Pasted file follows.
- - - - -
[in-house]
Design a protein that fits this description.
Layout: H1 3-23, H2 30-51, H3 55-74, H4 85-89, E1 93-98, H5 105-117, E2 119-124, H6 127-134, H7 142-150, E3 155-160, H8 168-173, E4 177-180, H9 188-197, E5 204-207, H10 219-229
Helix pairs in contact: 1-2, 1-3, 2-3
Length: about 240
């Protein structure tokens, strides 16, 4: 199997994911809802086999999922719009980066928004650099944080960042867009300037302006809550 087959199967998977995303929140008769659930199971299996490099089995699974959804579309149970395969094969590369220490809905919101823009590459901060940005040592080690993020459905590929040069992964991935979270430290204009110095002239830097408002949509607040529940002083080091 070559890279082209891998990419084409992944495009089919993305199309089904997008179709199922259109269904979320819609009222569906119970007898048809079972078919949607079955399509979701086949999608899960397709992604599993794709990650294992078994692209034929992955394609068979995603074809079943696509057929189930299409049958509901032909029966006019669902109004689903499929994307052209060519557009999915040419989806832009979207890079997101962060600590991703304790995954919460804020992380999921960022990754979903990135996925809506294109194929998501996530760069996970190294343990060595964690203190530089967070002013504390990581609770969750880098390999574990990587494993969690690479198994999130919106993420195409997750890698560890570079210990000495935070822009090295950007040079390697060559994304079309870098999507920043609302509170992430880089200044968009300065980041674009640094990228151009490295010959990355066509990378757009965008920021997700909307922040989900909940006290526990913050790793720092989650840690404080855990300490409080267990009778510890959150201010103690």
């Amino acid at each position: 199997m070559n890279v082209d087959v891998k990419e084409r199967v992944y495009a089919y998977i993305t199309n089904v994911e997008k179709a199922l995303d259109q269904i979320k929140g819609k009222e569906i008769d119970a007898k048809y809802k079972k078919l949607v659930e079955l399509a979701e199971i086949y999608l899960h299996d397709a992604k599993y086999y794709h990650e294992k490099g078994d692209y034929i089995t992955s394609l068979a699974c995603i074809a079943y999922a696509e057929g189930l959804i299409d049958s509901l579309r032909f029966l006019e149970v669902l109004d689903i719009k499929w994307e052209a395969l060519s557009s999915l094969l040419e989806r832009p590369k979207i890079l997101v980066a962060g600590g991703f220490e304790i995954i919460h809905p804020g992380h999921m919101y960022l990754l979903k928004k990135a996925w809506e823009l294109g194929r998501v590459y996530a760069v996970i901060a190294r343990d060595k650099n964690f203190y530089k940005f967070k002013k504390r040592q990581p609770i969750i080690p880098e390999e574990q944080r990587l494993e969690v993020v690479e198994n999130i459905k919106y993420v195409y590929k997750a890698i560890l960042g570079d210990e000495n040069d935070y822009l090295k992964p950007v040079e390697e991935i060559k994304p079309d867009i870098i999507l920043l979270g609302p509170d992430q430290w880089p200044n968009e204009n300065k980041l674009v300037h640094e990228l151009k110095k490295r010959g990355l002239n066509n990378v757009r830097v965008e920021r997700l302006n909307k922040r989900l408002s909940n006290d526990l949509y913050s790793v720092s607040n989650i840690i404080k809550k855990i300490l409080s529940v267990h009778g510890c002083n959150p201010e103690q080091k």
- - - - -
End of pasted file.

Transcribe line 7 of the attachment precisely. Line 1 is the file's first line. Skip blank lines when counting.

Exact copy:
């Amino acid at each position: 199997m070559n890279v082209d087959v891998k990419e084409r199967v992944y495009a089919y998977i993305t199309n089904v994911e997008k179709a199922l995303d259109q269904i979320k929140g819609k009222e569906i008769d119970a007898k048809y809802k079972k078919l949607v659930e079955l399509a979701e199971i086949y999608l899960h299996d397709a992604k599993y086999y794709h990650e294992k490099g078994d692209y034929i089995t992955s394609l068979a699974c995603i074809a079943y999922a696509e057929g189930l959804i299409d049958s509901l579309r032909f029966l006019e149970v669902l109004d689903i719009k499929w994307e052209a395969l060519s557009s999915l094969l040419e989806r832009p590369k979207i890079l997101v980066a962060g600590g991703f220490e304790i995954i919460h809905p804020g992380h999921m919101y960022l990754l979903k928004k990135a996925w809506e823009l294109g194929r998501v590459y996530a760069v996970i901060a190294r343990d060595k650099n964690f203190y530089k940005f967070k002013k504390r040592q990581p609770i969750i080690p880098e390999e574990q944080r990587l494993e969690v993020v690479e198994n999130i459905k919106y993420v195409y590929k997750a890698i560890l960042g570079d210990e000495n040069d935070y822009l090295k992964p950007v040079e390697e991935i060559k994304p079309d867009i870098i999507l920043l979270g609302p509170d992430q430290w880089p200044n968009e204009n300065k980041l674009v300037h640094e990228l151009k110095k490295r010959g990355l002239n066509n990378v757009r830097v965008e920021r997700l302006n909307k922040r989900l408002s909940n006290d526990l949509y913050s790793v720092s607040n989650i840690i404080k809550k855990i300490l409080s529940v267990h009778g510890c002083n959150p201010e103690q080091k």